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I've been looking at some SQL Profiler traces recently, and I see something I don't understand. I'm running simple INSERT commands:

INSERT INTO Foo (ForeignID, FileExtension, MimeType) VALUES (1, 'FOO', 'Application/Foo')

SQL Profiler consistently shows 0 Writes and 2 Reads. How can there not be any writes on an INSERT? Or am I misunderstanding what profiler is saying?

For completeness, here's the table definition I'm using:

[ID] [int] IDENTITY(1,1) NOT NULL,
[ForeignID] [int] NOT NULL,
[FileExtension] [nvarchar](32) NOT NULL,
[MimeType] [nvarchar](96) NOT NULL,
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migrated from Jan 19 '13 at 3:34

This question came from our site for professional and enthusiast programmers.

up vote 5 down vote accepted

The Profiler writes column is documented as

Number of physical disk writes performed by the server on behalf of the event.

Before the transaction is committed the log must be physically written to disc up to that point but those writes don't get included in the write stats reported Profiler.

For many inserts no physical writes may occur before the statement completes as the page is modified in the buffer cache and not written out to disc until later (e.g. by the checkpoint or lazy writer process).

For bulk inserts there is an eager writer so the pages may be written out to disc before . See Writing Pages in BOL for more.

However the above doesn't seem relevant as even when no pages are written to disc the physical writes can be reported as non zero.

In the test below Profiler reports 5 writes for the insert but monitoring the file writes with process monitor and sys.dm_io_virtual_file_stats shows that none actually occurred. From which I conclude that the physical writes column actually shows the number of pages made dirty (on the grounds that these will need to be written out to disc later)

So based on that assumption SQL Profiler shows 0 Writes in your test because you are inserting to a page that is already dirty.




/*Returns 0 rows*/
FROM   sys.dm_os_buffer_descriptors
WHERE  database_id = DB_ID()
       AND is_modified = 1

SELECT 'Before Insert', num_of_writes, num_of_bytes_written
FROM   sys.dm_io_virtual_file_stats(db_id(), 1)

VALUES      ( 1,

/*Nothing Written. Figures same as previous query*/
SELECT 'After Insert', num_of_writes, num_of_bytes_written
FROM   sys.dm_io_virtual_file_stats(db_id(), 1)

/*Returns 5 rows*/
FROM   sys.dm_os_buffer_descriptors
WHERE  database_id = DB_ID()
       AND is_modified = 1


/*Shows physical writes*/
SELECT 'After Checkpoint', num_of_writes, num_of_bytes_written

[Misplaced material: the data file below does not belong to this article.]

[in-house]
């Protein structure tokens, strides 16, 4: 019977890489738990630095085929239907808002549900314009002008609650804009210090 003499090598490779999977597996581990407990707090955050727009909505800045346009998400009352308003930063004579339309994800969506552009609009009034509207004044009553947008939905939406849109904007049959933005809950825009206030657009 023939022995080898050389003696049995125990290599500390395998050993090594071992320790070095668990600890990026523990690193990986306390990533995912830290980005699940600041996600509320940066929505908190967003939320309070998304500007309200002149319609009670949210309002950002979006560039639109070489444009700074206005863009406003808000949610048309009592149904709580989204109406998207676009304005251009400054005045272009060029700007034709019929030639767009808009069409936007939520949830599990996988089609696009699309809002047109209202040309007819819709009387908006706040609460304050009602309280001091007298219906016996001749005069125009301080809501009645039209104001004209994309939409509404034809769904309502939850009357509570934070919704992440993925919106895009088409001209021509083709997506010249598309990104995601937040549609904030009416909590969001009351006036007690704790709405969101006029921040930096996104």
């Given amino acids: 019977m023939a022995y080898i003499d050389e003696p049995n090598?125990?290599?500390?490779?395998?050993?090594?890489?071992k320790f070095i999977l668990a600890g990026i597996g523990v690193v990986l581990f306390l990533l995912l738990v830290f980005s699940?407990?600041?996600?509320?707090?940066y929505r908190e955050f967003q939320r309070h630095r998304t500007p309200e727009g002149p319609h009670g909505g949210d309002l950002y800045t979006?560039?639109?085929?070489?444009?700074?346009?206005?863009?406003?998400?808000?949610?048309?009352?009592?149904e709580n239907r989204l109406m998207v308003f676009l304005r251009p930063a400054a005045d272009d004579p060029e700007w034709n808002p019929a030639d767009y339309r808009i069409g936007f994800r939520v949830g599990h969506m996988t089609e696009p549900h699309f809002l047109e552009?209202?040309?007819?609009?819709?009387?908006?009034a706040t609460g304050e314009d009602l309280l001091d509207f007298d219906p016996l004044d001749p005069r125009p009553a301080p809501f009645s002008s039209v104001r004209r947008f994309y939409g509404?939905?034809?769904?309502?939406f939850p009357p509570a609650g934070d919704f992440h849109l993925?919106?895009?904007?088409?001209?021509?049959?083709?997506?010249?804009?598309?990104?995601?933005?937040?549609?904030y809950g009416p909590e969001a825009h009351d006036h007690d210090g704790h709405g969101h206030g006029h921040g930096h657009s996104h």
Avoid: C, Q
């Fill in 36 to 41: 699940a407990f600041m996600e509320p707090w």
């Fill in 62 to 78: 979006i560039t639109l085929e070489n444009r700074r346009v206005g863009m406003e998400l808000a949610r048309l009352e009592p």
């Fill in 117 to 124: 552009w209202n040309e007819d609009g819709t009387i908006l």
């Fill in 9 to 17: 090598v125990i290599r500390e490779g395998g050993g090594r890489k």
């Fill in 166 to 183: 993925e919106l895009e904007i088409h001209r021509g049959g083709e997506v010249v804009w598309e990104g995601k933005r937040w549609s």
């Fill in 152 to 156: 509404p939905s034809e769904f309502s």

FROM   sys.dm_io_virtual_file_stats(db_id(), 1) 

Profiler Trace


Process Monitor Writes after CHECKPOINT


So the CheckPoint actually physically wrote 8 pages (6 single pages and 1 double page) but shows up in Profiler as being responsible for only 4.

From the offsets in the Process Monitor screenshot it is possible to see exactly what pages were written to

|  57 | syscolpars    | DATA_PAGE |
|  86 | sysrscols     | DATA_PAGE |
|  93 | sysrowsets    | DATA_PAGE |
| 143 | sysallocunits | DATA_PAGE |
| 168 | Foo           | DATA_PAGE |
| 169 | Foo           | IAM_PAGE  |
|   1 |               | PFS_PAGE  |
|   9 |               | BOOT_PAGE |

The three additional pages not shown in the output from dm_os_buffer_descriptors are the database boot page and sysrscols, sysrowsets.

The write of the database boot page is correlated with the CHECKPOINT itself as the dbi_checkptLSN field gets updated.

It would be expected that the insert would cause the other two pages to be updated (The rcmodified and rcrows columns respectively) but this does not appear to happen immediately and I see no LOP_COUNT_DELTA entries in the log file either so I assume this must happen periodically rather than after every modification.

I'm not sure how to account for 9 writes being reported but only 8 occurring. Perhaps one page was double counted.

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Excellent test, good answer. Seems like the Write column documentation might be somewhat simplified compared to the real life values. – Mark S. Rasmussen Jan 19 '13 at 15:02

The Writes column in SQL Profiler lists the number of physical writes (not counting log writes). Confusingly, the Reads column lists logical reads - which includes reads from pages in memory.

And the reads you're seeing comes from the fact that SQL Server will have to read the existing pages to find the location of the insert, as well as to read the page which is about to be modified.

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